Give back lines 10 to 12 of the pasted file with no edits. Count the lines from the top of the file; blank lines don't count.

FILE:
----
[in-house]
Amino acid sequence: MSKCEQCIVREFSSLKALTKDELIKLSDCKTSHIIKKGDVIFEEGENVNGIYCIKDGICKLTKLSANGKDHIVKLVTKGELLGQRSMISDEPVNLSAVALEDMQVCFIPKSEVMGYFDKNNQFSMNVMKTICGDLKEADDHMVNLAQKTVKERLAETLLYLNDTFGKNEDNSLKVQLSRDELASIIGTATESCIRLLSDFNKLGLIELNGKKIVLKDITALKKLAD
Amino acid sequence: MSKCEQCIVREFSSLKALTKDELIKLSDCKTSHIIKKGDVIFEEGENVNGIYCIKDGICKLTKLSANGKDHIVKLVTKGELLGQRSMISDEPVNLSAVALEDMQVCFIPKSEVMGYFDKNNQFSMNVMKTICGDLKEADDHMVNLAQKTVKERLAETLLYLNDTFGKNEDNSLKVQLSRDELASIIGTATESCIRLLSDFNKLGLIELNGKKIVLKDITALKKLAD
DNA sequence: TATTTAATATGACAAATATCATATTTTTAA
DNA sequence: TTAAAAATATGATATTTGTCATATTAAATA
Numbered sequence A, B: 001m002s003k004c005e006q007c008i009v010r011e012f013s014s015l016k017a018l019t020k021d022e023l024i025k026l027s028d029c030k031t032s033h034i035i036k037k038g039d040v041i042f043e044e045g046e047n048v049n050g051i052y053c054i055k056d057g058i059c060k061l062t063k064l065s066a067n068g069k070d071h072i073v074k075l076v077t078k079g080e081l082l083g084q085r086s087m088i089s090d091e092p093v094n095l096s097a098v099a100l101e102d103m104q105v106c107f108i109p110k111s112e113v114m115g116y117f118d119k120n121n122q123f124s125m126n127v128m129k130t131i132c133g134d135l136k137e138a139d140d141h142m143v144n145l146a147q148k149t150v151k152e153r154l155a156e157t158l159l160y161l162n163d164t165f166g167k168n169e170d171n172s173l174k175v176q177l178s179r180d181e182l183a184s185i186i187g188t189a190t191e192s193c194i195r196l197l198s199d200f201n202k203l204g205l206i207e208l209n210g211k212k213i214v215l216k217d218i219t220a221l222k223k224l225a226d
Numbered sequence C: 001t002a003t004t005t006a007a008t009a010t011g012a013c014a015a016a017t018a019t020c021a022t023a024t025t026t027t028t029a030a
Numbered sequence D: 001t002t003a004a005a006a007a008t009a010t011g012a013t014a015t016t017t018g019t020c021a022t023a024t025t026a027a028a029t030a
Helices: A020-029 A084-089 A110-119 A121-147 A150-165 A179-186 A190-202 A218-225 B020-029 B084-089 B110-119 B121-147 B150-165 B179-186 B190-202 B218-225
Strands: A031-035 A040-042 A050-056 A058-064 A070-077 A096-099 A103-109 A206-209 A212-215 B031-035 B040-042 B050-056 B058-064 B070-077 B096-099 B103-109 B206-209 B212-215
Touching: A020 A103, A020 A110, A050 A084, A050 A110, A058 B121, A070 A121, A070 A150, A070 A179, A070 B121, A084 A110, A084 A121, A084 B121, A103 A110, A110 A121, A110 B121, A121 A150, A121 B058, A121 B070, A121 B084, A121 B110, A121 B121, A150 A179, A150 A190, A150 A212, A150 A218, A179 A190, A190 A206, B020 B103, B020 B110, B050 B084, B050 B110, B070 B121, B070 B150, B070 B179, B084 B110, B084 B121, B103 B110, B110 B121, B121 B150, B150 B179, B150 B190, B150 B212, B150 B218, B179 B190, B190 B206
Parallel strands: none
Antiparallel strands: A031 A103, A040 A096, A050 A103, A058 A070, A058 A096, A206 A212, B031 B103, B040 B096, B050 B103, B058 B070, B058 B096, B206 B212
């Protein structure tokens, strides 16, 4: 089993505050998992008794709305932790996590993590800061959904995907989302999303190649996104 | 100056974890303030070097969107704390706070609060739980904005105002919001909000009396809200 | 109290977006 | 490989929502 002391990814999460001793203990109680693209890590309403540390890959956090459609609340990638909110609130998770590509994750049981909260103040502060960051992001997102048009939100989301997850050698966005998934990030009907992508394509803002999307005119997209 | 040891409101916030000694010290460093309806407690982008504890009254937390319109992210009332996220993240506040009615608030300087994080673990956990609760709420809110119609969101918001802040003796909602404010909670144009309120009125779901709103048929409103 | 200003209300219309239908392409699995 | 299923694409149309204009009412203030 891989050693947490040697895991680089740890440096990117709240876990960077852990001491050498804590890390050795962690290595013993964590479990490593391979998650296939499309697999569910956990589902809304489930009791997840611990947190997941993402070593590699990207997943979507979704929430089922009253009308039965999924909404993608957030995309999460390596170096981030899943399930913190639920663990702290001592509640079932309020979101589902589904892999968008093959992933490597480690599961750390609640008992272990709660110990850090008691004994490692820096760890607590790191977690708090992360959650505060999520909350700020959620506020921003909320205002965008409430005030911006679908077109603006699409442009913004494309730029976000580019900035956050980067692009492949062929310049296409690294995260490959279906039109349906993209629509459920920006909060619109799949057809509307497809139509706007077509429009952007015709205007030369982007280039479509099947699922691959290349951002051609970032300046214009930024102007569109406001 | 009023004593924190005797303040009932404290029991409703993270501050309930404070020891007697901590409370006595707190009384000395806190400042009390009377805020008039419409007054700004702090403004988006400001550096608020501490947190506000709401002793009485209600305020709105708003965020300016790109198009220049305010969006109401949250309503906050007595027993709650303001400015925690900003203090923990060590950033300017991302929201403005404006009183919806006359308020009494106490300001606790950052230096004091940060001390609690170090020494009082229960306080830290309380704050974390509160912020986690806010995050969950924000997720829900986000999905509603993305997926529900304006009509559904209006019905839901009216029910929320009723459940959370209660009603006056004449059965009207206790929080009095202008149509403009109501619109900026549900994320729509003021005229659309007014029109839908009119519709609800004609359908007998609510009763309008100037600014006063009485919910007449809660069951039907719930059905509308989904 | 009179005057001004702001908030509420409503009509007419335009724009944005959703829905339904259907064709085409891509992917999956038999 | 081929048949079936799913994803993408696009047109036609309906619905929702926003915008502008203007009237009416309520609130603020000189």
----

Strands: A031-035 A040-042 A050-056 A058-064 A070-077 A096-099 A103-109 A206-209 A212-215 B031-035 B040-042 B050-056 B058-064 B070-077 B096-099 B103-109 B206-209 B212-215
Touching: A020 A103, A020 A110, A050 A084, A050 A110, A058 B121, A070 A121, A070 A150, A070 A179, A070 B121, A084 A110, A084 A121, A084 B121, A103 A110, A110 A121, A110 B121, A121 A150, A121 B058, A121 B070, A121 B084, A121 B110, A121 B121, A150 A179, A150 A190, A150 A212, A150 A218, A179 A190, A190 A206, B020 B103, B020 B110, B050 B084, B050 B110, B070 B121, B070 B150, B070 B179, B084 B110, B084 B121, B103 B110, B110 B121, B121 B150, B150 B179, B150 B190, B150 B212, B150 B218, B179 B190, B190 B206
Parallel strands: none